10 Books to Supplement Your Next Writing Workshop
by Writing Workshops Staff
2 years ago
Like most skills in life, the best way to become a great writer is simply by practicing as much as possible. When you sign up for one of our workshops, we’ll guide your journey as you master the craft – whether it be a new novel, screenplay, or memoir that you’re setting out to write.
However, you can get even more out of these workshops by supplementing your practice with some light reading material.
Here are ten books to study if you want to add extra depth to your writing practice:
On Writing: A Memoir of the Craft, Stephen King
How did Stephen King become one of the most notable names in the history of modern literature? In this memoir, you’ll discover the toolbox used by one of the most prolific authors of the last 50 years. King uses On Writing to reveal the deeply personal aspects of his craft, while simultaneously gripping readers in a relatable tale and sharing the essentials behind developing mastery as a writer.
Wired for Story, Lisa Cron
We often become so wrapped up by the story we want to tell that we forget about the readers who will be digesting its contents. In Wired for Story, Lisa Cron returns us to reality with an easy-to-read workbook that teaches writers how to grab a reader’s attention from the very first sentence. We recommend (re)visiting this book before sitting down to pen your upcoming novel. It’s a solid guide to making sure the theme, plot, and protagonist are working synergistically to reveal the depths of your story and hook your readers from the start.
Dialogue, Robert McKee
Whether you’re developing characters in a 500-page thriller or sketching out a 30-minute screenplay, the conversations between them can make or break the credibility of your work. Robert McKee shares an in-depth guide to crafting dialogue that is both gripping and believable, no matter your preferred medium.
Bird by Bird, Anne Lamott
What’s just as important as mastering basic grammar, engaging dialogue, and a gripping plot? You guessed it – allowing yourself room to fail. Anne Lamott’s Bird by Bird is a classic masterpiece that’s sold volume after volume for years – and for good reason. In this book, you’ll find both the essential lessons behind what makes a good writer, and the encouragement you need to revisit the page after every setback.
Zen in the Art of Writing, Ray Bradbury
Equal parts a how-to writing guide and a personal tale of inspiration, every aspiring writer should have a copy of this masterful book by one of the most celebrated authors of all time. Bradbury shares practical tips on honing your voice and developing original ideas, while infusing each page with a broiling passion that will spark creativity in any of its readers.
Thrill Me, Benjamin Percy
Thrill Me is a tour-de-force for fiction writers who are eager to craft a novel, or collection of short stories, that will grip their reader from the first sentence onward. In this book, Percy masterfully dissects both literary and genre elements from a variety of contemporary writers, compelling the reader with the universal truths that create a thrilling story.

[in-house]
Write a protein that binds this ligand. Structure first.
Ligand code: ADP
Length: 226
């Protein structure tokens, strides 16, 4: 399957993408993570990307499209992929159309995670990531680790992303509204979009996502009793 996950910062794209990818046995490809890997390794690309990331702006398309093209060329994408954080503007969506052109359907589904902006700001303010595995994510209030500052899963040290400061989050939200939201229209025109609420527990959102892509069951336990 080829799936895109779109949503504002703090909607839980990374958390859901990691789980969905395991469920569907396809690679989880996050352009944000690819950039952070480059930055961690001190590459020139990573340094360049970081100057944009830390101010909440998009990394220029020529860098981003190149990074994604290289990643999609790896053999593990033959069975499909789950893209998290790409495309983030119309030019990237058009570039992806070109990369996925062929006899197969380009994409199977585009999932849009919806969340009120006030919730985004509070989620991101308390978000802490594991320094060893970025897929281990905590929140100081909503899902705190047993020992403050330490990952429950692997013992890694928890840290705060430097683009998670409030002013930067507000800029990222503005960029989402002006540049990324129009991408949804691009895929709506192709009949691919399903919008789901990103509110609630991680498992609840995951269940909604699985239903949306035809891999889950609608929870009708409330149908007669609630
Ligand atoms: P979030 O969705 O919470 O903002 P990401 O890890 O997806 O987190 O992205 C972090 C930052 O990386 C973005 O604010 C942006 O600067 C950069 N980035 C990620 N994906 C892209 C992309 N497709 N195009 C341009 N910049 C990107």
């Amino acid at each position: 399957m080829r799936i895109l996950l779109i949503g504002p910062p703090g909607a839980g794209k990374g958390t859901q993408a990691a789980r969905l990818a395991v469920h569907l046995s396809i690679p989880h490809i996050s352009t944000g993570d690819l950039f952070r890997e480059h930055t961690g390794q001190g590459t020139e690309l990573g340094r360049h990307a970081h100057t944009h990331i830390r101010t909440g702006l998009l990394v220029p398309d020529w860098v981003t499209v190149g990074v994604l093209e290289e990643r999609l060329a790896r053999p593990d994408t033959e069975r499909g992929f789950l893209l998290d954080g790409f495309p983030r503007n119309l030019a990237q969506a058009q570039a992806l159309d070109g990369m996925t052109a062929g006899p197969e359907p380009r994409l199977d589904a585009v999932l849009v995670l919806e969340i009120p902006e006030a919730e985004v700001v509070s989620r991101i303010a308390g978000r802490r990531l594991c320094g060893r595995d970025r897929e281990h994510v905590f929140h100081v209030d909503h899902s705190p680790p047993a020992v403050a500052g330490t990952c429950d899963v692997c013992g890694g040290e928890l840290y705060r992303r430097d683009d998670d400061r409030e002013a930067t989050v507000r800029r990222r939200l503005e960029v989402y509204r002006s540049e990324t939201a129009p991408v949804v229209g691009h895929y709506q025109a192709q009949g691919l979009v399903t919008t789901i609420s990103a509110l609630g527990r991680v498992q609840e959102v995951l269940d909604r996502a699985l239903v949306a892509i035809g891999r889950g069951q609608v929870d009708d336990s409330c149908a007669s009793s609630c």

The Art of Memoir, Mary Karr
We all have our own unique stories worth committing to the page. However, transforming the twists and turns of your own life narrative into a tale of empathy and inspiration is more easily said than done. In The Art of Memoir, acclaimed author Mary Karr breaks down her process for crafting riveting and digestible accounts. With Karr as your guide, you’lll discover as much about your own understanding of the past as you will the literary elements that make a memoir at once cathartic and relatable.
The Forest for the Trees, Betsy Lerner
As a professional writer, it can be easy to forget the bigger picture, focusing more on a dangling participle than the imminent need to find a publishing house. In her classic book The Forest for the Trees, Betsy Lerner acts as both an empathetic and insightful coach to writers looking to amp their productivity and get their works published.
Betwixt-And-Between: Essays on the Writing Life, Jenny Boully
The life of a writer is a powerful pendulum that swings between the forces of connection and isolation, hope and despair, and beginnings and ends. In this bewitching series of essays, Boully ushers you into the most intimate and relatable recesses of her mind and life, while providing unforgettable instruction and profound advice for navigating your own relationship with the written word.
The Elements of Style, William Strunk Jr. and E.B. White
This book might be more than a century old, but it still holds up as one of the most critical reads for aspiring writers. There’s a reason why TIME named it one of the most influential books of the last 100 years; William Strunk Jr. and E.B. Write provide an extensive roadmap for mastering the English language. We recommend every writer revisit The Elements of Style to brush up on grammar, spelling, and writing fundamentals.
All ten of these books will touch your heart and inspire your creativity as a writer. We recommend diving into each more than once, as you continue on your journey to mastering your craft.